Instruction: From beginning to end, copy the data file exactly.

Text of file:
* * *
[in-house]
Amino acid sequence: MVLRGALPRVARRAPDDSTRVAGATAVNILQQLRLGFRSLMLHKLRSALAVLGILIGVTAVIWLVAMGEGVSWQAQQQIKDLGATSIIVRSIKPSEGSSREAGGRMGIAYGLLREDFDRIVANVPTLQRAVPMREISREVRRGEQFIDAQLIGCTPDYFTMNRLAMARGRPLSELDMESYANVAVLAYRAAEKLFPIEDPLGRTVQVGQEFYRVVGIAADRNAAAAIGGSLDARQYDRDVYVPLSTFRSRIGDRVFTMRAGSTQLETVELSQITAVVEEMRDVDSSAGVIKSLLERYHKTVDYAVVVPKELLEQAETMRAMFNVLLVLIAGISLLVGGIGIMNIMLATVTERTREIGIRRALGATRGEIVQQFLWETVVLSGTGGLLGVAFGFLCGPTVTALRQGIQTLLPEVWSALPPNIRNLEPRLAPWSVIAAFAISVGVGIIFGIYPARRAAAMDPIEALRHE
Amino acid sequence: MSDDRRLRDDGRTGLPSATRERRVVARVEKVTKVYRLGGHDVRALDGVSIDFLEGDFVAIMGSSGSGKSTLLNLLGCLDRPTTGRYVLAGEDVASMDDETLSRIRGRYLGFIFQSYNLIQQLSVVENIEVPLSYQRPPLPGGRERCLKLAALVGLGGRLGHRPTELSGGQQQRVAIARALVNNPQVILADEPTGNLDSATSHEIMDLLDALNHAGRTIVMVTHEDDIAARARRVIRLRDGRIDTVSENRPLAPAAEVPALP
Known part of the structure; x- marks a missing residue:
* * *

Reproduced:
[in-house]
Amino acid sequence: MVLRGALPRVARRAPDDSTRVAGATAVNILQQLRLGFRSLMLHKLRSALAVLGILIGVTAVIWLVAMGEGVSWQAQQQIKDLGATSIIVRSIKPSEGSSREAGGRMGIAYGLLREDFDRIVANVPTLQRAVPMREISREVRRGEQFIDAQLIGCTPDYFTMNRLAMARGRPLSELDMESYANVAVLAYRAAEKLFPIEDPLGRTVQVGQEFYRVVGIAADRNAAAAIGGSLDARQYDRDVYVPLSTFRSRIGDRVFTMRAGSTQLETVELSQITAVVEEMRDVDSSAGVIKSLLERYHKTVDYAVVVPKELLEQAETMRAMFNVLLVLIAGISLLVGGIGIMNIMLATVTERTREIGIRRALGATRGEIVQQFLWETVVLSGTGGLLGVAFGFLCGPTVTALRQGIQTLLPEVWSALPPNIRNLEPRLAPWSVIAAFAISVGVGIIFGIYPARRAAAMDPIEALRHE
Amino acid sequence: MSDDRRLRDDGRTGLPSATRERRVVARVEKVTKVYRLGGHDVRALDGVSIDFLEGDFVAIMGSSGSGKSTLLNLLGCLDRPTTGRYVLAGEDVASMDDETLSRIRGRYLGFIFQSYNLIQQLSVVENIEVPLSYQRPPLPGGRERCLKLAALVGLGGRLGHRPTELSGGQQQRVAIARALVNNPQVILADEPTGNLDSATSHEIMDLLDALNHAGRTIVMVTHEDDIAARARRVIRLRDGRIDTVSENRPLAPAAEVPALP
Known part of the structure; x- marks a missing residue: